australia: stopping the flow of agrofuels in the asia pacific region
However the production of agrofuels feedstocks can have serious social and environmental impacts. These include increased species and ecosystem loss, hunger and poverty as small-scale famers lose their land, the rapid expansion of plantations at the expense of natural forests, and even increased greenhouse gas emissions as a result of intensive production methods. These concerns are being overlooked in the rush to develop this lucrative new industry.
Friends of the Earth’s long-term goal is to halt the expansion of the palm oil industry in the region. In 2009 Friends of the Earth Australia initiated a project designed to develop a new national campaign in Australia, and develop a common understanding and shared regional campaign activities with other Friends of the Earth groups in Indonesia (Friends of the Earth Indonesia/WALHI), Malaysia (Friends of the Earth Malaysia/Sahabat Alam Malaysia), and Papua New Guinea (Friends of the Earth Papua New Guinea/CELCOR).
FoE Australia hired project coordinators who initiated research and travelled to affected areas both within Australia and Indonesia, to get a better understanding of the real world impacts of agrofuels production, to strengthen links with regional campaigners, and to map future activities. Communications by telephone and skype were supplemented with face-to-face meetings in Jakarta (February 2009), Bangladesh (May 2009), and Bali, Indonesia (May 2010).
In Australia, campaigners participated in multiple public meetings, and ongoing government roundtable and lobby meetings. They also produced a range of communications materials to assist partnership development and education with both national and regional NGOs.
FoE Australia succeeded in developing a clear and targeted national agrofuels campaign strategy, and built and strengthened relationships with Australian networks working on palm oil, deforestation issues and agrofuels.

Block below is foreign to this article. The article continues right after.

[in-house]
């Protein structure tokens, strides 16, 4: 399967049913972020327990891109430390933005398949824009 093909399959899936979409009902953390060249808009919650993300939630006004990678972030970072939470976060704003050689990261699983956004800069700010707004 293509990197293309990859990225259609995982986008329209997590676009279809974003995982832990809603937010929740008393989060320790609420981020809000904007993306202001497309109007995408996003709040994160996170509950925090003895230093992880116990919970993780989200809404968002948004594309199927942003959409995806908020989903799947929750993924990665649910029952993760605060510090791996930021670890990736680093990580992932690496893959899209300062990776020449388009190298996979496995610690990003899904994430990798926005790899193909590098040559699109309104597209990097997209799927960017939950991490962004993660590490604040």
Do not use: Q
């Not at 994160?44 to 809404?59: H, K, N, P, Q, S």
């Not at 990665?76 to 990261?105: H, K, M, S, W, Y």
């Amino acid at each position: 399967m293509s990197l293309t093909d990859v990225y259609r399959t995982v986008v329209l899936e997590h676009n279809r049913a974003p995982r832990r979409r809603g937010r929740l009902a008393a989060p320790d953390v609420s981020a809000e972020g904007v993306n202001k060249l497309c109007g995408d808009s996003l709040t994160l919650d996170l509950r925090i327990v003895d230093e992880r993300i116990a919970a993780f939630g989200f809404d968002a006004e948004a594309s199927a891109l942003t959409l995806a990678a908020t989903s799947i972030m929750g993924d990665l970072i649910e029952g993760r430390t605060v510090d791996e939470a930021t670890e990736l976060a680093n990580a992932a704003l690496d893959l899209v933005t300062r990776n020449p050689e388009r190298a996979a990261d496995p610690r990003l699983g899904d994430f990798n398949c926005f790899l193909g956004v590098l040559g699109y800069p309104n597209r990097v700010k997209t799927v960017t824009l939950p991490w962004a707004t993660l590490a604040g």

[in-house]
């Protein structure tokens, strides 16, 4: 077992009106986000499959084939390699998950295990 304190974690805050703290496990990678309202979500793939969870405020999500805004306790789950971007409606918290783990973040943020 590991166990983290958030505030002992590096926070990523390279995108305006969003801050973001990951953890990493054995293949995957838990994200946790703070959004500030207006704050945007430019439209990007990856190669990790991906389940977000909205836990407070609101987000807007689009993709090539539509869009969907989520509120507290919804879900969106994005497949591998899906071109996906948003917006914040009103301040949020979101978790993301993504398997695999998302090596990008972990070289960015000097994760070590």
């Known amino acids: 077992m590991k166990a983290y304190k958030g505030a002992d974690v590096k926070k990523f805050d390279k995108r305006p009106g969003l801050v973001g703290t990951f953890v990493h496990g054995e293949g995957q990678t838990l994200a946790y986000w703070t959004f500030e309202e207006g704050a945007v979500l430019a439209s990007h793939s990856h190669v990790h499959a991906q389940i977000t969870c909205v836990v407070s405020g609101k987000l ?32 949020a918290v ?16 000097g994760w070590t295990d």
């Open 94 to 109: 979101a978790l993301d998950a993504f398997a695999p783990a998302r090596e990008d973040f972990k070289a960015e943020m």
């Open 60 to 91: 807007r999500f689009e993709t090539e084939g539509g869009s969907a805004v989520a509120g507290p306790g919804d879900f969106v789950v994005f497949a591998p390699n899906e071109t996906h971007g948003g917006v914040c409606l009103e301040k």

Although this campaign is only in its infancy, there have already been some key successes. In particular, FoE Australia and partner groups in Australia focused on halting the use of palm oil products in food manufacturing in Australia. In 2009 this resulted in several major food manufacturers agreeing to remove palm oil from food production. These included Cadburys (chocolate), KFC (Kentucky Fried Chicken) and Woolworths (Australia's biggest retailer).
The campaign is supporting the work of a National Government Senator to develop a Bill to introduce national legislation introducing mandatory labelling for all food products containing palm oil in Australia.
what was learned
Friends of the Earth Australia found that China, and to some degree India, are the main recipients of palm oil from Papua New Guinea and Indonesia. Previously it had been thought that the EU was the main importer. This knowledge will be extremely important in terms of developing and targeting agrofuels campaigning in the region.
The project has enabled FoE Australia to establish a core project volunteer team but securing further funding will be essential: some important collaborative activities were missed in 2009 because funding was not available. Yet fundraising is difficult in Australia, because the campaign is new, and many potential donors still believe ‘biofuels’ are a clean green energy source.
In addition, agrofuels is a complex area that touches on many different campaigns, including deforestation, food sovereignty, human rights and climate change. This can be a challenge when it comes to developing and structuring a campaign that links into and meets the needs of different campaigns in different countries.
FoE Australia will be seek to secure additional campaign funding to maintain paid staff throughout the life cycle of the developed campaign plan. It will also develop a joint position paper for APac members to discuss and develop. Work is also continuing on developing a common regional campaign target.
Research into Malaysia’s pivotal investment and China’s impact within the region will also continue, although it is difficult to access verifiable research data from Chinese government agencies or academic institutions. Research will also focus on the use of plantations within offsetting programmes as companies seek to ramp up their profits with the onset of carbon reduction market-based mechanisms, such as carbon trading schemes.
Education activities will focus on both business and decision makers, and will challenge the common misconception that agrofuels are carbon neutral and a green solution to mitigate climate change.
with thanks to our funders: the sigrid rausing trust